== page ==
Drought Outlook Seasonal: Increased Dryness in the West, Central U.S. Improvements

With sub-median precipitation and above-normal temperatures favored during March and MAM, drought should persist in the southwestern quarter of the Nation, along with development in most of California and Nevada, south-central Oregon, and southern Texas.

The odds for California to get to near-normal precipitation this Water Year are rapidly diminishing as the wet season normally ends in April. In central Oregon, below- to near-median precipitation during the next 1-2 months will probably not be enough to significantly increase the mountain snowpack that stood at 28-35 percent of normal as of February 14.

Subnormal winter precipitation, minimal snow cover, and a dry climatology (until late April) in eastern sections of the northern Plains does not bode well for adequate soil moisture recharge, hence persistence was left there. In contrast, recent precipitation and the forecast for additional rainfall from the southern Great Plains and lower Mississippi Valley northeastward into New England tilts the odds toward improvement in the eastern third of the Nation.

Similarly, improvement is likely in the western sections of the northern Plains where surplus fall and winter precipitation has built a decent snow pack to aid in soil moisture recharge during spring snow melt while March and MAM precipitation favor above-median totals.

Removal is forecast for western portions of the Big Island of Hawaii while development is possible along the southeastern Alaskan Panhandle.

Forecast confidence for the Southeast is moderate to high in northern areas (northern AL, VA, NC) and moderate in southern areas (southern AL, southern GA, and eastern SC).

United States Seasonal Drought Outlook Graphic - click on image to enlarge

Click Image to Enlarge

  • After relatively dry weather occurred during the late fall and early winter, precipitation began to increase in intensity and coverage across the Southeast in late January and continued into mid-February, providing widespread improvement of short-term drought in most areas of the region – which also extended northward into the Northeast.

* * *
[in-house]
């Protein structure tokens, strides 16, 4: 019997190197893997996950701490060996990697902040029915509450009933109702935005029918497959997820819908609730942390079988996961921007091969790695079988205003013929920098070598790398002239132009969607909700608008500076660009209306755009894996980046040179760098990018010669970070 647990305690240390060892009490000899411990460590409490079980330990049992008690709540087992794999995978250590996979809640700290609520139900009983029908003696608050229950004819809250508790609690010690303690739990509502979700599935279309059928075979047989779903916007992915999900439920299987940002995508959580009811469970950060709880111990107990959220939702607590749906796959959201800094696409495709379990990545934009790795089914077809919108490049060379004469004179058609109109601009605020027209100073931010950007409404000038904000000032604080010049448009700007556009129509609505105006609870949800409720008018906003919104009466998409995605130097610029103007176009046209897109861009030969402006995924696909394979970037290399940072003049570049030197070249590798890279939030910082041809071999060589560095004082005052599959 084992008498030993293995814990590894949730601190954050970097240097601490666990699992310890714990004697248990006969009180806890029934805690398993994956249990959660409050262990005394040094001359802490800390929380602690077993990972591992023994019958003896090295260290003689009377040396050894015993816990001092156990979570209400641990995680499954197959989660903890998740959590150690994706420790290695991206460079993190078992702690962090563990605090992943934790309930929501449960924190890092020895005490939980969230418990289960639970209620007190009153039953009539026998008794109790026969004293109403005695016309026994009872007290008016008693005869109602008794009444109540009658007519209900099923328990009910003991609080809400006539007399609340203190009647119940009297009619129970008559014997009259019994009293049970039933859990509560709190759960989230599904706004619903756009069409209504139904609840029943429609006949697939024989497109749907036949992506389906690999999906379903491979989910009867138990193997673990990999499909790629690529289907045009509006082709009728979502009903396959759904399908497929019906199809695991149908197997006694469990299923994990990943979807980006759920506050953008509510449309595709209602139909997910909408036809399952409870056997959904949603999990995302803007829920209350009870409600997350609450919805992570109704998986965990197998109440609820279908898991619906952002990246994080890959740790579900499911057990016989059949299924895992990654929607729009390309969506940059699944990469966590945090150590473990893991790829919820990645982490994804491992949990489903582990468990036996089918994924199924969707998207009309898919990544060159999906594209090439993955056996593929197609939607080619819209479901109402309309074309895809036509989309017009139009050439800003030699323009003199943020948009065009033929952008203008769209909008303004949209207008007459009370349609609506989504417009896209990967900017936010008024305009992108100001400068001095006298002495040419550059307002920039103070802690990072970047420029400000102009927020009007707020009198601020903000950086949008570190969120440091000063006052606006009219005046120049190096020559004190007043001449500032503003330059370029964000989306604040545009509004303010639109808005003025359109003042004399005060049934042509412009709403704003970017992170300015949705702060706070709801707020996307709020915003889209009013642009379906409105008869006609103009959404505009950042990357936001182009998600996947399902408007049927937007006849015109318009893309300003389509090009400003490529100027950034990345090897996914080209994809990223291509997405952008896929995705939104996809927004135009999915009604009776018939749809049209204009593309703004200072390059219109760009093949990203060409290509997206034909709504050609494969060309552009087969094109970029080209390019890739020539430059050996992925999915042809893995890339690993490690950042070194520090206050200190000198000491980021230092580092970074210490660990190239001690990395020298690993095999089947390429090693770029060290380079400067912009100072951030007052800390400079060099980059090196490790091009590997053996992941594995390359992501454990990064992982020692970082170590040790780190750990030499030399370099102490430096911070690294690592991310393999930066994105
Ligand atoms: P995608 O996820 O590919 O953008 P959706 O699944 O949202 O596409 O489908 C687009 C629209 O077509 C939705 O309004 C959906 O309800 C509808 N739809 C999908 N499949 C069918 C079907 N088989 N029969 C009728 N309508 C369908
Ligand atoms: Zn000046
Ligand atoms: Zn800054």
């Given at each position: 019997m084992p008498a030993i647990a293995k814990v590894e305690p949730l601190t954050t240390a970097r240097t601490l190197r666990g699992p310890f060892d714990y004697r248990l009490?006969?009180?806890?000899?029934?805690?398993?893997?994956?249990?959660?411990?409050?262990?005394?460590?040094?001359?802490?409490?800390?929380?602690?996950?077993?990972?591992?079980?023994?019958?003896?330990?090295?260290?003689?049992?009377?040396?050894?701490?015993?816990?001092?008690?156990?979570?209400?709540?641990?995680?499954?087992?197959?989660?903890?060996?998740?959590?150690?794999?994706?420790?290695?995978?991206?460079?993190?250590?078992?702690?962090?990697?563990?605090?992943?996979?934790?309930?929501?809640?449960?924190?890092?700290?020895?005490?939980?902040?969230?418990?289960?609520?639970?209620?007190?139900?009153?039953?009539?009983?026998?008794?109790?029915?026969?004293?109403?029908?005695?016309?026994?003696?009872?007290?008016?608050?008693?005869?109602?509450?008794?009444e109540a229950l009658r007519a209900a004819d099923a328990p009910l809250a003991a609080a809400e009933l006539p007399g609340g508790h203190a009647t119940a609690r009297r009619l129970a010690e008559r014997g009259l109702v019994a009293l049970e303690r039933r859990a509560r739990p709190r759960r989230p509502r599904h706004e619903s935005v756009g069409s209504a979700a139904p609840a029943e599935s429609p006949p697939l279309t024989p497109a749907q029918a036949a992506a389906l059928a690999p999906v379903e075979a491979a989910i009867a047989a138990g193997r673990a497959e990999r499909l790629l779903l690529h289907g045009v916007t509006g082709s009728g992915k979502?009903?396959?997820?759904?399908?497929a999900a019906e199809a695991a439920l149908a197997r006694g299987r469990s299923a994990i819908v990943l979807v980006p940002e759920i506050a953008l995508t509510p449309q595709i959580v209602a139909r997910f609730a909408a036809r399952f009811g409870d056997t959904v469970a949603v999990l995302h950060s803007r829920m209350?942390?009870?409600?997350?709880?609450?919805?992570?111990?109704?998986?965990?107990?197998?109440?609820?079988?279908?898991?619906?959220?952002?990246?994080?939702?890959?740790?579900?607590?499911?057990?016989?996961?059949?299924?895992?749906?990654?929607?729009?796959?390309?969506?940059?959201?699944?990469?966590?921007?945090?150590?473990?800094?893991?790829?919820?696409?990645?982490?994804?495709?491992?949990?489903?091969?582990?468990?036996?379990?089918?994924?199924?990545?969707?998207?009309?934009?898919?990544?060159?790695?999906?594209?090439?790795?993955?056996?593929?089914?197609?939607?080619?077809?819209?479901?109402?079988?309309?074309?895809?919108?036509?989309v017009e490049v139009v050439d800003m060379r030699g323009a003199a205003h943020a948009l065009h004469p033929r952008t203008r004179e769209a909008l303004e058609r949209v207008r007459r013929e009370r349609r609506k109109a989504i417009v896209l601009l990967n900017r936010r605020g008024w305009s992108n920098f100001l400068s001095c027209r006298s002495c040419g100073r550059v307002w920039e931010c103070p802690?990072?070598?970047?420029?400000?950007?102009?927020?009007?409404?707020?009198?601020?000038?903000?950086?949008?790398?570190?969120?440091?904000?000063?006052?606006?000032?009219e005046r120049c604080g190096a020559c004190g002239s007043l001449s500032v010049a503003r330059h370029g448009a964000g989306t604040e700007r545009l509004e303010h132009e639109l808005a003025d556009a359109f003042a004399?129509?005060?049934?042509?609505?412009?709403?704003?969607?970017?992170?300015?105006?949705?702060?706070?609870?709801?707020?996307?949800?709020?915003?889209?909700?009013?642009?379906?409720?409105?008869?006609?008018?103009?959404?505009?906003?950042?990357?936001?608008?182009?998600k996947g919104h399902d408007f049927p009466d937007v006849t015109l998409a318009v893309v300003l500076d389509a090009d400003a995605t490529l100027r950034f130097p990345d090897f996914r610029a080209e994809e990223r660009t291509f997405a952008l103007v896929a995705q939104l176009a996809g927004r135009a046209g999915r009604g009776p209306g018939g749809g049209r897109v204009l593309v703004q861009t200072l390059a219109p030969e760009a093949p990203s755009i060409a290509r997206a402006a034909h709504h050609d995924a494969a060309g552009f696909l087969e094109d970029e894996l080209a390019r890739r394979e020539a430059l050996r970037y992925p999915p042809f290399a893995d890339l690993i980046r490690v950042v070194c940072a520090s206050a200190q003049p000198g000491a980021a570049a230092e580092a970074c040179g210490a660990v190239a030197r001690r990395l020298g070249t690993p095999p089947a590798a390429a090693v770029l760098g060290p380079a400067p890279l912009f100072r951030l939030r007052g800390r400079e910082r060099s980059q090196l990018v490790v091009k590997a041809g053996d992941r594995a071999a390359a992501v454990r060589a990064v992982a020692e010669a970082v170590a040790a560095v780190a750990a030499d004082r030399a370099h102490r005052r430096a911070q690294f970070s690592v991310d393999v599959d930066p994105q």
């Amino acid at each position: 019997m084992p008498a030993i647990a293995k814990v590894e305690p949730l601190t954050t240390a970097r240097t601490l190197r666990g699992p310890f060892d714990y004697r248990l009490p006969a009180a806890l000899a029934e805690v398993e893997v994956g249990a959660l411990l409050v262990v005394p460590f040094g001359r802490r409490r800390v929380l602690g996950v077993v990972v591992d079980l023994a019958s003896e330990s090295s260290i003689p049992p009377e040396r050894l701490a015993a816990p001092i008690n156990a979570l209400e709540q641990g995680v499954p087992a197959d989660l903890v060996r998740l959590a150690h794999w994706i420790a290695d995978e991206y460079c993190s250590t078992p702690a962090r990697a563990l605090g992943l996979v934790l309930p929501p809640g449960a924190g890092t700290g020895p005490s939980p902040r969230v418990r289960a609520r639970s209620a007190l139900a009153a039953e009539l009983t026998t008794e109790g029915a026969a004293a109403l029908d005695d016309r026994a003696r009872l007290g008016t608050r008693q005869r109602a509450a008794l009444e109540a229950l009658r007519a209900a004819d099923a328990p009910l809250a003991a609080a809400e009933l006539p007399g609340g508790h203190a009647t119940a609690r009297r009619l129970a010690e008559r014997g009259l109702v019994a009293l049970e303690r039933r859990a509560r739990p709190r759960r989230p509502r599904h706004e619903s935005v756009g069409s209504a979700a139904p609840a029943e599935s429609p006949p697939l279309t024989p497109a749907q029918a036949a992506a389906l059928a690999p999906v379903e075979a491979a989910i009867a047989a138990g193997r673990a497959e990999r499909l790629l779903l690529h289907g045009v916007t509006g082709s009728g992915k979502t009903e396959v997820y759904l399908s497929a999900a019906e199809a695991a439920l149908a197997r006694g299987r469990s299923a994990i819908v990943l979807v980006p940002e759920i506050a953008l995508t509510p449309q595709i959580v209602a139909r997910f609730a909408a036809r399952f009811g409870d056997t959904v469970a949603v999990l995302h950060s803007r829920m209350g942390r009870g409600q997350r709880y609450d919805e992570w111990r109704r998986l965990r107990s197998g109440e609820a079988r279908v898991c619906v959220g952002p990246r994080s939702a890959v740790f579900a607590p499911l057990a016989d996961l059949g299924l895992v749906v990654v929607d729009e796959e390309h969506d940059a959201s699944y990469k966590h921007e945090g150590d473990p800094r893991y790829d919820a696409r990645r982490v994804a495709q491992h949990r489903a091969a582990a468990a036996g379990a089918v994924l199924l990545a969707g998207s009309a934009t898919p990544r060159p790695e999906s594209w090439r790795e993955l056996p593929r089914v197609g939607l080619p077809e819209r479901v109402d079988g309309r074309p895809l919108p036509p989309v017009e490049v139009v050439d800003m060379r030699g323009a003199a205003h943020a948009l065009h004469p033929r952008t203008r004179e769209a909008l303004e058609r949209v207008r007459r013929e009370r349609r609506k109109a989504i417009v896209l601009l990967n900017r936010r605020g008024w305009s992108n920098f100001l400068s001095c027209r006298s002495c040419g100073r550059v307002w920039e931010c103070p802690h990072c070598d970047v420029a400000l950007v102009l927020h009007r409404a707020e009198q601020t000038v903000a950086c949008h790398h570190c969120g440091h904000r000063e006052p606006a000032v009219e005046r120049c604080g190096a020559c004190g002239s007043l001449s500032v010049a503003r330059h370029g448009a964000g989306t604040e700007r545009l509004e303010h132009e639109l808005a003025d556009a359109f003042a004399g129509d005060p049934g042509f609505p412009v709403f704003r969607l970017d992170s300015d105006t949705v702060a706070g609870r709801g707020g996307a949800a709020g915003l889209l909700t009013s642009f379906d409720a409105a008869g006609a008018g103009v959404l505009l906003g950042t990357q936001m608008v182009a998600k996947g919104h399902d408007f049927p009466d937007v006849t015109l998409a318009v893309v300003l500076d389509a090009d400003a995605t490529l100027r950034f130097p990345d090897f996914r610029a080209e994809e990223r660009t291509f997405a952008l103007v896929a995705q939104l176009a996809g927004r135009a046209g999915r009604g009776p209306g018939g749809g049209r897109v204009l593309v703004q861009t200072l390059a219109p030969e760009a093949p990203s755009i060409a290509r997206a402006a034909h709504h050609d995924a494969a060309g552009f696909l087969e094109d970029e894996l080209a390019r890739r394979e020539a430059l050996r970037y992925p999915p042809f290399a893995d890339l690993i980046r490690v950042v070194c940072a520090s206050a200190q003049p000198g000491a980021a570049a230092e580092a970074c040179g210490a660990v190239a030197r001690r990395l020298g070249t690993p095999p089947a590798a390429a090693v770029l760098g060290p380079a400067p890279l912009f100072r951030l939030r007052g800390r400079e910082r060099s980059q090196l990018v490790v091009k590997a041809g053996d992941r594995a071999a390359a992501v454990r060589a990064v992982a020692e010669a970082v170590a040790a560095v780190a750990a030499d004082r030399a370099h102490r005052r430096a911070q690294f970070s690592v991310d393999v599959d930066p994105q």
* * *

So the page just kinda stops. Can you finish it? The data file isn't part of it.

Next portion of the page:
• A few areas of D1 remained as of the February 13 U.S. Drought Monitor, but similar to the short-term forecast for the Northeast, the 7-day QPF has moderate to heavy precipitation from the southern Great Plains and lower Mississippi Valley northeastward into southern New England. Similarly, the 6-10 and 8-14 day ERFs also favor above-median precipitation in a similar area as the QPF, while Week 3-4 odds tended toward above-normal precipitation in the Deep South.
  • In addition, LLF precipitation for March also tilted toward above-median precipitation in the Southeast, while the MAM was EC. Therefore, most of the remaining D1 areas in the Southeast are forecast for removal.
  • A notable exception to the wetness was a band of below-median rainfall at all time periods (QPF to MAM LLF) across most of Florida, southeastern Georgia, and coastal South Carolina.
  • With some of this area already in D0, development was added in southeastern Georgia and coastal South Carolina while the D1 area in northern Florida and southern Georgia should persist.

Forecast confidence in the South is moderate in far eastern sections, and low to moderate in southern and western areas.

  • Consistent with the La Niña signal, enhanced chances for subnormal March and MAM 2018 precipitation cover southern and western sections of the Southern region. However, in the short-term (QPF, ERFs, and Week 3-4), moderate to heavy precipitation or above-median precipitation is favored from south-central Texas and central Louisiana northeastward, including eastern Oklahoma and southeastern Kansas.